Teachers need to know the foundations of reading

If teachers don't know what a reading disability looks like they can't help children overcome them

The Committee for Change, a sub-committee of the Learning Disabilities of Greater Baltimore, is working along with other educators and state lawmakers on legislation that would create a task force to study teacher training programs this session.

After years of research we know the nature, causes and treatment of reading difficulties. We also know that what the classroom teacher does has a significant impact on student outcomes.

Louisa Moats, a nationally recognized expert in reading, wrote that "if the classroom teacher does not know what a reading disability looks like, what causes it, or what science says can be done about it, the affected students will languish and suffer. On the other hand, a well-trained and well-equipped teacher can make a huge difference to a student's eventual outcomes."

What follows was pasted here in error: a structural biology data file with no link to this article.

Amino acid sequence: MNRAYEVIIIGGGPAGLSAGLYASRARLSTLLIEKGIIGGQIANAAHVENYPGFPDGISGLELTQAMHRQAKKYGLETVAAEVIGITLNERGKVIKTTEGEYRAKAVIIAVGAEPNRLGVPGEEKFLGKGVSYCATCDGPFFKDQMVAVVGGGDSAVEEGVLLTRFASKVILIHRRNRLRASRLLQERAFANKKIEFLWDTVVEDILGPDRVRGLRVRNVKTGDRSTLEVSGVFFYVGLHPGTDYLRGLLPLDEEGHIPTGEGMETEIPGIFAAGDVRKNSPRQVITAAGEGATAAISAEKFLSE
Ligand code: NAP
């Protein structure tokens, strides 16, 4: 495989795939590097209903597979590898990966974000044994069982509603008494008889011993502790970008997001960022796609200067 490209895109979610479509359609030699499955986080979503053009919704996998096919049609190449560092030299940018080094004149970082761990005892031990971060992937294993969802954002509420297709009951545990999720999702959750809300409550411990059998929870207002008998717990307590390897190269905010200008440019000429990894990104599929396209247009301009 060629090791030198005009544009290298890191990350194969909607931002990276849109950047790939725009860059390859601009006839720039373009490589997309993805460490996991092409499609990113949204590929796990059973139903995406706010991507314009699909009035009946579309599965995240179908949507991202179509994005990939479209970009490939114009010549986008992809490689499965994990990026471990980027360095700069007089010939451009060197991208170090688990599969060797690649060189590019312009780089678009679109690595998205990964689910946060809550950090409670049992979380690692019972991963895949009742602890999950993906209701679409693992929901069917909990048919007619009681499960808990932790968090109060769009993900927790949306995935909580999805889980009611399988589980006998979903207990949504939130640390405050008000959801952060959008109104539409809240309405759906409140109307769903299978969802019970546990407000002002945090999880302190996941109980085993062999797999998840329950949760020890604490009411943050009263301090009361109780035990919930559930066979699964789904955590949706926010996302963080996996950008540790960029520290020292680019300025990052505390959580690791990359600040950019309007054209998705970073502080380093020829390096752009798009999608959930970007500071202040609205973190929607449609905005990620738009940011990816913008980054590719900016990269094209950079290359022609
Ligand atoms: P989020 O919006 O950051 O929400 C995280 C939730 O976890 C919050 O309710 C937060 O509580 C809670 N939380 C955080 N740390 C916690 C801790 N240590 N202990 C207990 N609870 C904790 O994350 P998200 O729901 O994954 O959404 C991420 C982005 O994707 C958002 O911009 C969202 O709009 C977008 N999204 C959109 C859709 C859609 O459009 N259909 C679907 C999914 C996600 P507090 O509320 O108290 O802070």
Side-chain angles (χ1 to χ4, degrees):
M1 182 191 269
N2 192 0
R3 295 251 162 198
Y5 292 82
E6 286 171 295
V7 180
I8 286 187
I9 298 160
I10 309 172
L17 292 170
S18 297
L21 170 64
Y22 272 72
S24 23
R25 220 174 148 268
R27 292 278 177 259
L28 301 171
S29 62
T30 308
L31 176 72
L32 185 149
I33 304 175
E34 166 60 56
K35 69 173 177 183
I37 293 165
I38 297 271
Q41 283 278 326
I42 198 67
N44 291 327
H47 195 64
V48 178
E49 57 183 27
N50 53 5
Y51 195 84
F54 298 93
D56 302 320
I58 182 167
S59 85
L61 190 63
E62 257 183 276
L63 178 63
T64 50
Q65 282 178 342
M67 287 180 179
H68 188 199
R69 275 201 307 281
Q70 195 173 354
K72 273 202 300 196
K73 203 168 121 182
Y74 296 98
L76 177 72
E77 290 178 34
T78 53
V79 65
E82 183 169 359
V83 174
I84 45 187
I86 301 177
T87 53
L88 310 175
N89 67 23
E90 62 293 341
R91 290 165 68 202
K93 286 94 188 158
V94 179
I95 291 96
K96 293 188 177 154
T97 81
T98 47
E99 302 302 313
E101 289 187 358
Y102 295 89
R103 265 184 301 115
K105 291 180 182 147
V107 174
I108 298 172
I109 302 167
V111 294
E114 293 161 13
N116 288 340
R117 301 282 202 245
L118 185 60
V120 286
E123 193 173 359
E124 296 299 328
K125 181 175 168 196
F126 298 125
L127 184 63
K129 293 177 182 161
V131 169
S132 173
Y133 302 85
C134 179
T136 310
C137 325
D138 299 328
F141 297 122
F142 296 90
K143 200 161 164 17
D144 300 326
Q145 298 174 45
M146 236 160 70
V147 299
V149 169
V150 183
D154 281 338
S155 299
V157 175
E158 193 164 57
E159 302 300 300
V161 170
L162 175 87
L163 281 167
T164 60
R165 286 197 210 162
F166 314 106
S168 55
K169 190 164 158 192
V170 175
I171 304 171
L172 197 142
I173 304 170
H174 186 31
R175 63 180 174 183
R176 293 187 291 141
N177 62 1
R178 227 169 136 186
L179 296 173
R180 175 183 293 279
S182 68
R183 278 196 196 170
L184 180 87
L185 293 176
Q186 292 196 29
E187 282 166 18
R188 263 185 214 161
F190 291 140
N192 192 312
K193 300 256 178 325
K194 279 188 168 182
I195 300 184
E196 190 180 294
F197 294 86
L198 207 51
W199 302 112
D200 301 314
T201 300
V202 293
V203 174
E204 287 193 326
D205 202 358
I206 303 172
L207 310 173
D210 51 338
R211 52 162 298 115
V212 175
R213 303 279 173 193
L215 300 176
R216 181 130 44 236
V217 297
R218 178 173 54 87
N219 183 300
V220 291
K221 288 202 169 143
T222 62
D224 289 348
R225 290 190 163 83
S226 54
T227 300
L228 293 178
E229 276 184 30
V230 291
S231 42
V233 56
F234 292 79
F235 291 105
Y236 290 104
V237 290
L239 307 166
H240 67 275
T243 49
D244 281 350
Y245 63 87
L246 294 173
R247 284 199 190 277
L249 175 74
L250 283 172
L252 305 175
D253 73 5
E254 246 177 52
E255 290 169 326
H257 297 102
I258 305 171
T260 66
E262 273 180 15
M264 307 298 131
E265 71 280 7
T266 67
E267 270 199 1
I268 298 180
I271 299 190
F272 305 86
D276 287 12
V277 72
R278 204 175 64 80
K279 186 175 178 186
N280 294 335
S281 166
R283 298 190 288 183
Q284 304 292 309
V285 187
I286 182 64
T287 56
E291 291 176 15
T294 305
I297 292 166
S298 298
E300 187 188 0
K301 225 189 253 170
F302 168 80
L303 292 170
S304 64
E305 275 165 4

There is a big void in teacher training standards, which have not been aligned with scientific research. In 2012, the American Federation of Teachers called for a "more rigorous threshold to ensure that every teacher is actually ready to teach. All prospective teachers should meet a universal and rigorous bar that gauges mastery of subject matter knowledge and demonstrates competency."

The foundation of knowledge in reading is comparable to teaching anatomy to medical students — it is not a curriculum so much as what an effective curriculum needs to be based on. Maryland requires no test of knowledge about the foundations of reading.

We need a task force to study this issue and make recommendations so that Maryland can reach its goal of ensuring that every child can read.

Barbara Donick

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